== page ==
The norms and conventions of the ancient Roman world largely dictated the hygiene practices of its emperors - as did their personal vanity, practicality, and access to luxury. Physical representations of these men on coins and in busts give us an idea of their appearance, while surviving literature provides insight into just how clean they really were.
The average Roman emperor enjoyed the same services available to everyone in the empire. Public baths, sewer systems, and networks of aqueducts were among the features thought to promote cleanliness. And while their exalted position held distinction above nobles, commoners, and slaves, Roman emperors carried out many of the same daily routines as those of the lower classes - albeit in excess.
Through the first half of the 1st century BC, Roman men commonly wore their hair and facial hair long. When Julius Caesar (100-44 BC) came to power, he became a model for shorter hair in general. According to Roman historian Suetonius,
[Caesar] was somewhat overnice in the care of his person, being not only carefully trimmed and shaved, but even having superfluous hair plucked out, as some have charged; while his baldness was a disfigurement which troubled him greatly, since he found that it was often the subject of the gibes of his detractors. Because of it he used to comb forward his scanty locks from the crown of his head, and of all the honors voted him by the senate and people there was none which he received or made use of more gladly than the privilege of wearing a laurel wreath at all times.
This became the norm for emperors, and Greek barbers were brought to Rome to maintain cleanly shaven appearances. Emperor Otho (32-69 AD) was said to have tried a different approach. Apparently, he shaved "every day, and since boyhood had always used a poultice of moist bread to prevent growth of his beard."
It wasn't until Hadrian (76-138 AD) that another Roman emperor wore a beard, and he may have done so to hide skin deformities on his face.
Emperor Tiberius (42 BC-37 AD) was called "handsome" by Suetonius, though the author noted that he "would break out on a sudden with many pimples."
Acne wasn't without remedy during the 1st century. Medical writer Aulus Cornelius Celsus produced an entire treatise on health, cleanliness, and the treatment of various diseases and afflictions, including skin problems.
In his De Medicina, Celsus wrote, "To treat pimples and spots and freckles is almost a waste of time." However, in the event that one did attempt to remove them, Celsus prescribed the following treatment:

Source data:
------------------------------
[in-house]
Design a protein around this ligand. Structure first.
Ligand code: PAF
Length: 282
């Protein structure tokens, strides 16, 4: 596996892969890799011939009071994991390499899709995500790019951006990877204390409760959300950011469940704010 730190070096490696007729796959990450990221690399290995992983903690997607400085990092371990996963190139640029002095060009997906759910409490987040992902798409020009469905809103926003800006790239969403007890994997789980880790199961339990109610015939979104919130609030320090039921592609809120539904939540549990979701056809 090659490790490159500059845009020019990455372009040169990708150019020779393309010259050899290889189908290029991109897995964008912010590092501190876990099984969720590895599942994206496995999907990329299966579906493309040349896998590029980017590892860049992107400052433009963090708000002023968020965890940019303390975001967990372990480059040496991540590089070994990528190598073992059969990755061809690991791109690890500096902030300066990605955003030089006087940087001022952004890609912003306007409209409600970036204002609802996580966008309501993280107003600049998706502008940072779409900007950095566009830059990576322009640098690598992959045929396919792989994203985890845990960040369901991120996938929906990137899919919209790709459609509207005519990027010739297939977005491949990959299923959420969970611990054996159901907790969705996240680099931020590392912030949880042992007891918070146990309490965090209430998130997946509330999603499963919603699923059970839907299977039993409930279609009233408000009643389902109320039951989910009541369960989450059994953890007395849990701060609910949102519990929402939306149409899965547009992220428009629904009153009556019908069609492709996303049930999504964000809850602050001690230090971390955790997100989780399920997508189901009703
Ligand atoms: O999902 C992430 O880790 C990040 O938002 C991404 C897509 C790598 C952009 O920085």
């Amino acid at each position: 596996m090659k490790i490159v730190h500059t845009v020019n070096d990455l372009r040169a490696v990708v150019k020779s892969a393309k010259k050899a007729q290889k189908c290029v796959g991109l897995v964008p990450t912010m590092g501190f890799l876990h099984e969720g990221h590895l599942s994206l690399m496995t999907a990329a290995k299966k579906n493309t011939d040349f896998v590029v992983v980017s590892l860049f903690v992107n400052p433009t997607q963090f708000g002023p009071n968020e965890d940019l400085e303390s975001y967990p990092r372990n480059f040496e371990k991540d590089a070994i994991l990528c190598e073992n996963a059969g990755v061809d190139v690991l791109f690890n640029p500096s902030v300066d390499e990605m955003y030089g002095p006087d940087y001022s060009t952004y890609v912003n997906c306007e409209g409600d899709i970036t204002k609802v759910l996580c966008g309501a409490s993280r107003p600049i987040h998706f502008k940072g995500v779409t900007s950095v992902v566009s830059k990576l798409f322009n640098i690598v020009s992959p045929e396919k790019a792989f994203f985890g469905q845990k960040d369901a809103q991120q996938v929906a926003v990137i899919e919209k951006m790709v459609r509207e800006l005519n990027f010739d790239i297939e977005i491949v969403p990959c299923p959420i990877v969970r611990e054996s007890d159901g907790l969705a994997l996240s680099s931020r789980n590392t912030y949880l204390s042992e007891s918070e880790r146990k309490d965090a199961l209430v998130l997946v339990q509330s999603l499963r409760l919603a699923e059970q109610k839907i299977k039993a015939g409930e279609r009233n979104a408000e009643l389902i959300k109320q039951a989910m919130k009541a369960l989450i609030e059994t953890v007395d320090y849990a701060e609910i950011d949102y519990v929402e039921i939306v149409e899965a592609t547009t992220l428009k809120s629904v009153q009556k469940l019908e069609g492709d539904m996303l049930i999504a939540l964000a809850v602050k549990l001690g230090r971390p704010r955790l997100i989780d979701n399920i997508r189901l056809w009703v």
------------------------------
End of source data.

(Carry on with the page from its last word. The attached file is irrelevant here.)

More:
[Pimples are] best removed by the application of resin to which not less than the same amount of split alum and a little honey has been added. A spot is removed by equal quantities of galbanum and soda pounded in vinegar to the consistency of honey. With this the part is to be smeared, and after the lapse of several hours... it is washed off, and the place anointed lightly with oil.
In many ways, Roman bathing practices were consistent regardless of class. Emperors and common folk alike used a strigil - essentially a small sickle - to wipe away sweat and oil.
After exercising or bathing, Romans covered themselves in oil. They then used a strigil to scrape it off into a guttus, or small pitcher. The process was devoid of soap and was followed by a cold water rinse. Wealthy individuals had slaves scrape them, while poor bathers had to do it themselves.
Excess use of the strigil could have negative consequences. While the rinse after a good strigil scrape was meant to restore moisture, the process was irritating to the skin. Strigils were also quite sharp. Suetonius speculated that Emperor Augustus's "numerous callous places resembling ringworm" were "caused by a constant itching of his body and a vigorous use of the strigil."
Public bathing in Rome was a communal activity enjoyed by members of the lower classes. Wealthy Romans would often have private baths, but as the Roman empire expanded, bathhouses were built in small and large settlements alike.
Noteworthy Romans frequented public baths by the 1st century BC. Augustus's mother Atia enjoyed public baths until she a bad experience at one in 63 AD. Seutonius recounted how, after a serpent crawled on her, Atia immediately "purified herself," but was unable to remove a mark on her body that retained "colors like a serpent." From that point forward, the author wrote, "she ceased ever to go to the public baths."
Emperor Hadrian was a common presence at public baths, which was welcomed by other patrons:
He often bathed in the public baths, even with the meanest crowd. And a jest of his made in the bath became famous. For on a certain occasion, seeing a veteran, whom he had known in the service, rubbing his back and the rest of his body against the wall, he asked him why he had the marble rub him, and when the man replied that it was because he did not own a slave, he presented him with some slaves and the cost of their maintenance.
Hadrian's act prompted other bathers to try for the same reward:
When [Hadrian] saw a number of old men rubbing themselves against the wall for the purpose of arousing the generosity of the Emperor, he ordered them to be called out and then to rub one another in turn.